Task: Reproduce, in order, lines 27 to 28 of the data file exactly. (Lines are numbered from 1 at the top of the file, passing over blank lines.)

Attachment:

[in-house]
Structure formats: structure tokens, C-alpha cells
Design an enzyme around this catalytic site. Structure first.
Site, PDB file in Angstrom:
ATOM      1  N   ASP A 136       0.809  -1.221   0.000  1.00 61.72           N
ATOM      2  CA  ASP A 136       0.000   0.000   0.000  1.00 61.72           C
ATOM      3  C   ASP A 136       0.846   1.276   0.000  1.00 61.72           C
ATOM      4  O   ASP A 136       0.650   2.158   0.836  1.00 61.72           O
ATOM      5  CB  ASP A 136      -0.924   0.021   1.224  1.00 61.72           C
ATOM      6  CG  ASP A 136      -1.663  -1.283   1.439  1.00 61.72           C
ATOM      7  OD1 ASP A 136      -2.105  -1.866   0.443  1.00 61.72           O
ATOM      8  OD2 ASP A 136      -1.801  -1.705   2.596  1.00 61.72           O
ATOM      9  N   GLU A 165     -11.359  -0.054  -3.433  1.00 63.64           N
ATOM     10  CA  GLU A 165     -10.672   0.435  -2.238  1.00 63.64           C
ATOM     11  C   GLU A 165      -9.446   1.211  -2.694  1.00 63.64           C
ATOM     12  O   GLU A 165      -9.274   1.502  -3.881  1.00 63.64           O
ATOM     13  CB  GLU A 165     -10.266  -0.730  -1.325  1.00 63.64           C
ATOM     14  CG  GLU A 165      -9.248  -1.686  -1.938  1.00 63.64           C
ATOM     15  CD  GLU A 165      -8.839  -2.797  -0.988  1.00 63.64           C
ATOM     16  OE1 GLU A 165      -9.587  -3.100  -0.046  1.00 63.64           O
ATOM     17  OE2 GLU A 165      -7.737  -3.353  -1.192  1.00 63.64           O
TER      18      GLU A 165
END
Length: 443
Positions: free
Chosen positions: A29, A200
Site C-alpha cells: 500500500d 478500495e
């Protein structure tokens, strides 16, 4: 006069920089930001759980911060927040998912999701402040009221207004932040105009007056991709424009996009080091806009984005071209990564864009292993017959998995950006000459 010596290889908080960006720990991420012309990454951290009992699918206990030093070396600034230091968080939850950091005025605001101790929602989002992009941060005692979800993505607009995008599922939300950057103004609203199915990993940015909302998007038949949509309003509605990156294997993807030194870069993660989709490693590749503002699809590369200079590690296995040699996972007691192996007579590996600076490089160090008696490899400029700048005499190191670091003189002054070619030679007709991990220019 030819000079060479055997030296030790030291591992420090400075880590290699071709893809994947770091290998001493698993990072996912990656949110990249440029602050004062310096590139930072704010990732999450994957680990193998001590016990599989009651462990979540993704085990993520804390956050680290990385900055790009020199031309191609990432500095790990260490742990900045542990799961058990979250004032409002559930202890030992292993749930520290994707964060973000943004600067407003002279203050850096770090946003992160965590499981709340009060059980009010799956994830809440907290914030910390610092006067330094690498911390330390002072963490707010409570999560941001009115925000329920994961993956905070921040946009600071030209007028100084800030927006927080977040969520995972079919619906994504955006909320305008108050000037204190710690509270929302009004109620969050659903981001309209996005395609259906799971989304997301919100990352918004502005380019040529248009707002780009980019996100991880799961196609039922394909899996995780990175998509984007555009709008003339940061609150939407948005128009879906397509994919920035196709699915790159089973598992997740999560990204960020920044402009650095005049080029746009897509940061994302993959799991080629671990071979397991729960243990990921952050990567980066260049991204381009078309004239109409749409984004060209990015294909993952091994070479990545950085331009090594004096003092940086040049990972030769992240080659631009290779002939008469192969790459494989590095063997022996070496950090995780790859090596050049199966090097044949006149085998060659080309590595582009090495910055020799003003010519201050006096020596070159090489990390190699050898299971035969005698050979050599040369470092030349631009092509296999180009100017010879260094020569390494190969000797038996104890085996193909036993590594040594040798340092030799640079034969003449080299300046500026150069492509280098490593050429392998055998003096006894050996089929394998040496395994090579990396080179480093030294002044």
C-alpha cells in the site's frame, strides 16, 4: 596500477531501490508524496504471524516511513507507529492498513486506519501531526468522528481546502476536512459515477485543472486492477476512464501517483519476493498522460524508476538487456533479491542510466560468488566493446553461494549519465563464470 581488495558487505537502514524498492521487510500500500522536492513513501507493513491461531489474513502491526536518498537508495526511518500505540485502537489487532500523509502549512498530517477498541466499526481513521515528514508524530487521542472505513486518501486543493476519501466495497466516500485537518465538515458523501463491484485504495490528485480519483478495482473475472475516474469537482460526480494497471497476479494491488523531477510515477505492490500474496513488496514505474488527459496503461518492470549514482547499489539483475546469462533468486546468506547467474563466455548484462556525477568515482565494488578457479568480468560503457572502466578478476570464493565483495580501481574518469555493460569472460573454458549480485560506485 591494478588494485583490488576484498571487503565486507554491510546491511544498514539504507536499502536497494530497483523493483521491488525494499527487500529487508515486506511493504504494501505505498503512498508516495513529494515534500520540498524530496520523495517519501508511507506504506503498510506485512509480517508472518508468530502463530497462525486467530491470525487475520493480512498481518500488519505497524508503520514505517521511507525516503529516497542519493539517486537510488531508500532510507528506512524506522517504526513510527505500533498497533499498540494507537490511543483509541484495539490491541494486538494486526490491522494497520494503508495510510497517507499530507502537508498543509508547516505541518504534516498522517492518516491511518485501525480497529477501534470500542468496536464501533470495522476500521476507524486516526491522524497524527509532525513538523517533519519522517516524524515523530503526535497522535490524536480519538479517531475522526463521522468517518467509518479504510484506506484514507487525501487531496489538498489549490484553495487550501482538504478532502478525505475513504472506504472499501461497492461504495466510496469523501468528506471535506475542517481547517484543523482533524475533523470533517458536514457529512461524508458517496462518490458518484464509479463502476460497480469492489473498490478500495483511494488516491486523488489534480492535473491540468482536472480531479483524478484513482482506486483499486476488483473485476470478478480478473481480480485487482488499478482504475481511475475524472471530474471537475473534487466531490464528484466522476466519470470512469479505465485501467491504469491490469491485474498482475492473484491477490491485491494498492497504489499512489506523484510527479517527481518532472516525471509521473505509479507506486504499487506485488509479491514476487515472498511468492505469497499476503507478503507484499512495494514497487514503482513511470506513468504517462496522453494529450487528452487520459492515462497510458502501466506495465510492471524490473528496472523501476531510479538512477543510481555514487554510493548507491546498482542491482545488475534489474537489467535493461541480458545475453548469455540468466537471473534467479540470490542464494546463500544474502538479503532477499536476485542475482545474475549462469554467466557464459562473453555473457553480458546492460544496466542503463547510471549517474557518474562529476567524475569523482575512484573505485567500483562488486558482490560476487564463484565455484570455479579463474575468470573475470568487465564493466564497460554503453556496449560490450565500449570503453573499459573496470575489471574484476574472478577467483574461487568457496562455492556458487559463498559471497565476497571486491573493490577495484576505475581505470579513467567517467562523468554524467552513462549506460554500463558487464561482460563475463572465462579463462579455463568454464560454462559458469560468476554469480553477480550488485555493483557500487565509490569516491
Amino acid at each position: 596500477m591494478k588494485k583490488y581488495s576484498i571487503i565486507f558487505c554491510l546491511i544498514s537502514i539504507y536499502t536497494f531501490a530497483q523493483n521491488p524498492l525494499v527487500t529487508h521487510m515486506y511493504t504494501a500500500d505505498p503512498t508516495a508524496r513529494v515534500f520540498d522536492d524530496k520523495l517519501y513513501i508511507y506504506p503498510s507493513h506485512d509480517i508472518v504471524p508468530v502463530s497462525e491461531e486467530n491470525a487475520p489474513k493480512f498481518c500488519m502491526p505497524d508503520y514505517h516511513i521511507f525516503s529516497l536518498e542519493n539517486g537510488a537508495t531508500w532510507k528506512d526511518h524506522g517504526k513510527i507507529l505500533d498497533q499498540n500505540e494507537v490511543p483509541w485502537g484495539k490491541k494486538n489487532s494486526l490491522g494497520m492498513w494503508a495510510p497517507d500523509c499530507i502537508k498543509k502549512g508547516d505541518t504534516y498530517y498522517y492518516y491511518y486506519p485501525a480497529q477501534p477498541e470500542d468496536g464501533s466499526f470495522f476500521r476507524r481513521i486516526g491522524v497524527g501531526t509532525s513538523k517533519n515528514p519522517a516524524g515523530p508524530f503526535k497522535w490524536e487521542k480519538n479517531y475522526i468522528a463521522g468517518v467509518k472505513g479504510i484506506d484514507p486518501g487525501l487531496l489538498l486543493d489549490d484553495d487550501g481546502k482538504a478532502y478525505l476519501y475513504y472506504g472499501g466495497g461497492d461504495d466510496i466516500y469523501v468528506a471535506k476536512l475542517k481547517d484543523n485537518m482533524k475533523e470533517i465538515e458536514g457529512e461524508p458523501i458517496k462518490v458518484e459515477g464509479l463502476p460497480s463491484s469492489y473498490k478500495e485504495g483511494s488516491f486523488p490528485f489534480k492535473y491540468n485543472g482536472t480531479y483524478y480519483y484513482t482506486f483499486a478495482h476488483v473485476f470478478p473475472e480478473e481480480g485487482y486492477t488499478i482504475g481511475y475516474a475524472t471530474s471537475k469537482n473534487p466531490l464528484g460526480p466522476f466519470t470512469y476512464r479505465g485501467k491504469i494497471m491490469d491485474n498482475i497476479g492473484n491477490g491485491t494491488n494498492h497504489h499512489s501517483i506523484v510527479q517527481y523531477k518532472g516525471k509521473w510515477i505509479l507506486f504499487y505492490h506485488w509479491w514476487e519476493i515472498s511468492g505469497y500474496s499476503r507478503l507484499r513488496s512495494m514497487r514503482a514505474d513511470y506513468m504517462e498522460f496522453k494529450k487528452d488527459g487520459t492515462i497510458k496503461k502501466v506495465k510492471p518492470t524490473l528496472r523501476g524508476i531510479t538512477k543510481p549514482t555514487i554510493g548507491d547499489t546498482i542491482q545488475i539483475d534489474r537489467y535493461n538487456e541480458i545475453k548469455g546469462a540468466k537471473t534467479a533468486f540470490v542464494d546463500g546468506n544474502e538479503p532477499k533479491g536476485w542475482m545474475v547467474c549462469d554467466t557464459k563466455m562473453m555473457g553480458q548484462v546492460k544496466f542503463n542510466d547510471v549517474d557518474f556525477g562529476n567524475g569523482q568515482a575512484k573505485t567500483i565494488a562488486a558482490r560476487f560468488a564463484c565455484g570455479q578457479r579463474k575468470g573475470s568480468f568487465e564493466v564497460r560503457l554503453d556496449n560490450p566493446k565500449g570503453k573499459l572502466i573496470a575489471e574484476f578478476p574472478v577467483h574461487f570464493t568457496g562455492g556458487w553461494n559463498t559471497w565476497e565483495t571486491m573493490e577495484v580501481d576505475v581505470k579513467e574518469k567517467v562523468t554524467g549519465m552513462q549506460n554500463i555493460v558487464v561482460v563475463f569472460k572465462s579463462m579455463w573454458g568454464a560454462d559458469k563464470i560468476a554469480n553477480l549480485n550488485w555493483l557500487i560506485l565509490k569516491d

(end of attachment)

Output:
Site C-alpha cells: 500500500d 478500495e
């Protein structure tokens, strides 16, 4: 006069920089930001759980911060927040998912999701402040009221207004932040105009007056991709424009996009080091806009984005071209990564864009292993017959998995950006000459 010596290889908080960006720990991420012309990454951290009992699918206990030093070396600034230091968080939850950091005025605001101790929602989002992009941060005692979800993505607009995008599922939300950057103004609203199915990993940015909302998007038949949509309003509605990156294997993807030194870069993660989709490693590749503002699809590369200079590690296995040699996972007691192996007579590996600076490089160090008696490899400029700048005499190191670091003189002054070619030679007709991990220019 030819000079060479055997030296030790030291591992420090400075880590290699071709893809994947770091290998001493698993990072996912990656949110990249440029602050004062310096590139930072704010990732999450994957680990193998001590016990599989009651462990979540993704085990993520804390956050680290990385900055790009020199031309191609990432500095790990260490742990900045542990799961058990979250004032409002559930202890030992292993749930520290994707964060973000943004600067407003002279203050850096770090946003992160965590499981709340009060059980009010799956994830809440907290914030910390610092006067330094690498911390330390002072963490707010409570999560941001009115925000329920994961993956905070921040946009600071030209007028100084800030927006927080977040969520995972079919619906994504955006909320305008108050000037204190710690509270929302009004109620969050659903981001309209996005395609259906799971989304997301919100990352918004502005380019040529248009707002780009980019996100991880799961196609039922394909899996995780990175998509984007555009709008003339940061609150939407948005128009879906397509994919920035196709699915790159089973598992997740999560990204960020920044402009650095005049080029746009897509940061994302993959799991080629671990071979397991729960243990990921952050990567980066260049991204381009078309004239109409749409984004060209990015294909993952091994070479990545950085331009090594004096003092940086040049990972030769992240080659631009290779002939008469192969790459494989590095063997022996070496950090995780790859090596050049199966090097044949006149085998060659080309590595582009090495910055020799003003010519201050006096020596070159090489990390190699050898299971035969005698050979050599040369470092030349631009092509296999180009100017010879260094020569390494190969000797038996104890085996193909036993590594040594040798340092030799640079034969003449080299300046500026150069492509280098490593050429392998055998003096006894050996089929394998040496395994090579990396080179480093030294002044």